Friday, September 17, 2010

Wintergreen.

The herb wintergreen contains salicylic acid, the active ingredient of aspirin. For many years we have been told that half an aspirin a day wards off heart attacks. Wintergreen is never mentioned.

Now we are told that a quarter of an aspirin a day can ward off bowel cancer. Still no mention of wintergreen.

There is no need to add to the profits of the pharmaceutical companies and risk the effects of additives in the pills.

Just plant some wintergreen.

9 comments:

Regina Richards said...

1 tsp. wintergreen oil = 22 aspirins

How much of the plant (not the oil) can you ingest safelt?

Romulus Crowe said...

Essential oils are highly concentrated and need to be treated with care. I have a small bottle of tea tree oil which, in its pure form, is corrosive but when diluted it's claimed to cure all sorts of things.

For most of the natural plants, the easy way is to make a tea or take a small amount in a salad. Depends on whether you like the taste - a tea does at least give the option of adding sugar! Heat won't damage the aspirin effect.

I'd have to look up the exact amounts but with most plants, if you ate too much you'd make yourself sick before you poisoned yourself.

It's also an individual thing - some will find they need more to get an effect than others, just as some use half an aspirin tablet and others use two.

Herbs can also be variable in their active components from year to year depending on growing conditions. A little meddling is required.

Don't tell the medics. That kind of talk scares them to death.

Regina Richards said...

The medics, at least here in the states, are getting quite sensitive to any self-treatment or home-remedies. They feel all the info available out there on the internet (even the stuff from reputable sources such as the NIH) is a threat to their business.

Southern Writer said...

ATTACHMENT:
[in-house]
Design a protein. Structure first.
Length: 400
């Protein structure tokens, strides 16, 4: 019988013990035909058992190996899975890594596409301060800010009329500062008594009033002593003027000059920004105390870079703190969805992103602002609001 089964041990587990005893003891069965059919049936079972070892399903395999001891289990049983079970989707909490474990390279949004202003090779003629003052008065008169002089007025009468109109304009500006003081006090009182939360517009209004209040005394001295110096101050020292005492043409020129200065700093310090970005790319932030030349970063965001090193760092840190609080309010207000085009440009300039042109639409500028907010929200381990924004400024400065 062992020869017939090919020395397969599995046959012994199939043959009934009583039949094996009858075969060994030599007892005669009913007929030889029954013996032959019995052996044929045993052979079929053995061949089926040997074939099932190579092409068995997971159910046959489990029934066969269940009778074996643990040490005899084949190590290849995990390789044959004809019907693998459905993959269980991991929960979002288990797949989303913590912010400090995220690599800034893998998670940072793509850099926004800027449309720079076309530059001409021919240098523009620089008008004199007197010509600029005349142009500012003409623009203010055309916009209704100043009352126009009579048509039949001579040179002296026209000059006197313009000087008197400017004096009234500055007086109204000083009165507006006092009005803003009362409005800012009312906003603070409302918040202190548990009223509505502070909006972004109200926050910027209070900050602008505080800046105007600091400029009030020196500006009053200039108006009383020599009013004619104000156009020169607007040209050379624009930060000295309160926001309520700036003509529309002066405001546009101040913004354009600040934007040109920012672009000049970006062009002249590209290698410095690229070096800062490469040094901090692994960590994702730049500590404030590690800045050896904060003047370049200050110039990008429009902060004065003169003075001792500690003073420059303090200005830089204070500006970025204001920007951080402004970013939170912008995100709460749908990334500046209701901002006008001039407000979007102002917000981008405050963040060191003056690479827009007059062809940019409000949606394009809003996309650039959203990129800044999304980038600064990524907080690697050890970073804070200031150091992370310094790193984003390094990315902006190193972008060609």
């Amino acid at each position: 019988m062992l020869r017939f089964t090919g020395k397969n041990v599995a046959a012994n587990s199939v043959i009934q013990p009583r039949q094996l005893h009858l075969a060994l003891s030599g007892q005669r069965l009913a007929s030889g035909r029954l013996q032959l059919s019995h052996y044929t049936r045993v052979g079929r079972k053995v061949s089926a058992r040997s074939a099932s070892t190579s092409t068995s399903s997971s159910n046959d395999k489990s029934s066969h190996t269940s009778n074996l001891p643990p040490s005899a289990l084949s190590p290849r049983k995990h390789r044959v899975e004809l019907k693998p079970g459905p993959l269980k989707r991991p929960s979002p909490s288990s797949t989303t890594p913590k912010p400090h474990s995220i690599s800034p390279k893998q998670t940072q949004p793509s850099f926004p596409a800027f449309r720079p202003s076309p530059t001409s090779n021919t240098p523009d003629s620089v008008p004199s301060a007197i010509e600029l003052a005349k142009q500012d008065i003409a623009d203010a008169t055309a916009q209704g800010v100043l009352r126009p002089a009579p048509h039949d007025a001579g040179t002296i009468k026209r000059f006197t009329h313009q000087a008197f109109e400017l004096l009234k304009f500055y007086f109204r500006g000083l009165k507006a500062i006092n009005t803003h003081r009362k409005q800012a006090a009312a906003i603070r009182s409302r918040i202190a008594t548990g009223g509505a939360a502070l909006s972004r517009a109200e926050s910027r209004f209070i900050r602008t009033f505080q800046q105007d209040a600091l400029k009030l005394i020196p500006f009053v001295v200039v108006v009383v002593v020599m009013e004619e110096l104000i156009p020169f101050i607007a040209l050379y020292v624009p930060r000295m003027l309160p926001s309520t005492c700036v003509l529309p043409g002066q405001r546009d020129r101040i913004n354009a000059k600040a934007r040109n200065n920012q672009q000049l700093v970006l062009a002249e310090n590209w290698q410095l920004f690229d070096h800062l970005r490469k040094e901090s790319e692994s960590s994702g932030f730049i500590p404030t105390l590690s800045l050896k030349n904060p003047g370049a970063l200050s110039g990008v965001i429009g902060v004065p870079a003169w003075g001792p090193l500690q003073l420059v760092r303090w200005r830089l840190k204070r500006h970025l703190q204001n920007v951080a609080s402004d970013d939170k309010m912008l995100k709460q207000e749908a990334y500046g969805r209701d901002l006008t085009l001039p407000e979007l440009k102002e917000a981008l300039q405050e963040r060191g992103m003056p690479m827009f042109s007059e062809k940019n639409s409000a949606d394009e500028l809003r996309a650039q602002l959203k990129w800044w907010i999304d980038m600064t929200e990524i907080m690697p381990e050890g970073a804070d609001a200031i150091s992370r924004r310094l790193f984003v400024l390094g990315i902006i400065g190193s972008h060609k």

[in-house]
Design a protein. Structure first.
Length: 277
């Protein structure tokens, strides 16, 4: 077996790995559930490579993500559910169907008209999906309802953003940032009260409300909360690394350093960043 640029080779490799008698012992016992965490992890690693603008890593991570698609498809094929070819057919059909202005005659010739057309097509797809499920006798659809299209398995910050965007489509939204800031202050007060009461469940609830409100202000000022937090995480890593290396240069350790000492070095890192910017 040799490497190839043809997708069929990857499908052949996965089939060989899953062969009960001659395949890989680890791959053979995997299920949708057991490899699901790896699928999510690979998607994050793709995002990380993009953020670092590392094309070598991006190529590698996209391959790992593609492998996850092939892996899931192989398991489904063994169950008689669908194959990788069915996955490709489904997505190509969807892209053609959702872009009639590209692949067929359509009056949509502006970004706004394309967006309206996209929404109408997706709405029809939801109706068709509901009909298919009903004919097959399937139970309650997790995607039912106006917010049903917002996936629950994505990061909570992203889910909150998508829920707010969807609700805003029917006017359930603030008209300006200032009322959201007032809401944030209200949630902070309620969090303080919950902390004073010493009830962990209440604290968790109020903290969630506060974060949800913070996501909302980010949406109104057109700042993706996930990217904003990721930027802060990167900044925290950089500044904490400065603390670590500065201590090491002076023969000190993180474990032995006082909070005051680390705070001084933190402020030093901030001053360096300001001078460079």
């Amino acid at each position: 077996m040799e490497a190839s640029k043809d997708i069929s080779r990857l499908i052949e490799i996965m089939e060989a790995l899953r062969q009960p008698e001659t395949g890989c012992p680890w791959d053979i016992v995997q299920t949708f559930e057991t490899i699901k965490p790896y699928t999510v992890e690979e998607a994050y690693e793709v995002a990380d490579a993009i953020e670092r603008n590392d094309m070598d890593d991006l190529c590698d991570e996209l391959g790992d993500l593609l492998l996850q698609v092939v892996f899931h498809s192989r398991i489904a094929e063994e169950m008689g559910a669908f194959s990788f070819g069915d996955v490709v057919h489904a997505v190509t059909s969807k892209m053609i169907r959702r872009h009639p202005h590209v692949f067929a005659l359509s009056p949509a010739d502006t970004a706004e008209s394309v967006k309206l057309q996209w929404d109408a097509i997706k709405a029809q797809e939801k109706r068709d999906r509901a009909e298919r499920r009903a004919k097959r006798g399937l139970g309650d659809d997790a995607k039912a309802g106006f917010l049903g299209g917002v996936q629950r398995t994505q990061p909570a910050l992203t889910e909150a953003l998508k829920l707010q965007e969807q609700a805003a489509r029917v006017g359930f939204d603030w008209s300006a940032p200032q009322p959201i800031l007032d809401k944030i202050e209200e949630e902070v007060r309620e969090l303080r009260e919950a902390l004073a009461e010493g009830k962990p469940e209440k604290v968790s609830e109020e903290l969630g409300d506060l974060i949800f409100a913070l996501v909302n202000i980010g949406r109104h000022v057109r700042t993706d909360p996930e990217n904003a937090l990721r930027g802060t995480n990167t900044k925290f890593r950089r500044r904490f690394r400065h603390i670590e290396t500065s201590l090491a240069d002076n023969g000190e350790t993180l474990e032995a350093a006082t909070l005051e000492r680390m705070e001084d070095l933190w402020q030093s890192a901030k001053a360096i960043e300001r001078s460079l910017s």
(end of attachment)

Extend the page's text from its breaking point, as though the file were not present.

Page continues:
That's interesting. All my life, I thought aspirin was made from vinegar. Learn something new every day.

Regina Richards said...

Do wintergreen breath mints count? I have a house full of teens so I keep a big jar of breath mints and gums in the kitchen. Mint and wintergreen flavors are the top two favorites.

tom sheepandgoats said...

There is no need to add to the profits of the pharmaceutical companies

Count yourself lucky that they don't advertize on TV, as they do in the states.

Decisive, immaculate and impossibly handsome doctors stride purposefully through futuristic laboratories. They glance alternately at teams of researchers peering into microscopes, at banks of computers, at their clipboard, and, of course, at YOU, as they authoritatively report the very latest astounding medical breakthrough. “Such-and-such is not right for everyone,” they acknowledge, “but...damn it, man,” they seem to be saying, “you know it's right for you!” Even as I write, I'm recalling one such “doctor” striding through a lab reminiscent of Batman's lair, touting some new med that unlocks the very “power of the sea,” (fish oil...the stuff you've been able to buy forever at any health foods store) and.....would you believe it?....the donkey actually ends his pitch peering contemplatively into the lab's full-wall aquarium, as if marveling how his outfit has managed to make a buck out of something God provided free.

This formula is not set in concrete. It can vary slightly. Alzheimer's, for example, afflicts our grandparents, and our grandparents are kindly, aren't they? So a brusque futuristic setting will not do. No. The setting here must be warmer, a kindly doctors office, for example, and the doctor himself ought to have gray hair. Antidepressants, too, ought to be touted by a kindly and caring doctor, not some brusque and handsome jerk who's Porsche vanity plates read “PSYCH DR.” For woman's health, we even change the doctor's gender, for isn't any guy specializing in female issues a little suspect? No longer is the doctor an impossibly handsome man. Now it's an impossibly attractive woman, who's also athletic, has piercing eyes and an oddly spelled first name....you know, a Bond girl.

Romulus Crowe said...

SW- modern aspirin is chemically constructed but it's the same chemical in the end.

Vinegar itself can be produced either by natural fermentation or by chemical reaction - again, it's the same chemical.

Where it comes from determines only one thing - who makes money from it.

Romulus Crowe said...

Regina - I don't know about the mints. Depends if it's an actual extract or just flavouring. If it cures a headache, that's all that really matters, even if it's a placebo effect.

Romulus Crowe said...

Tom - they don't advertise on TV here (as far as I know, I rarely watch it myself). Instead they have 'lobby groups' to persuade government to impose restrictions on alternatives.

Fortunately, there are still those of us who regard the sensible approach to be 'do exactly the opposite of what the government says'.

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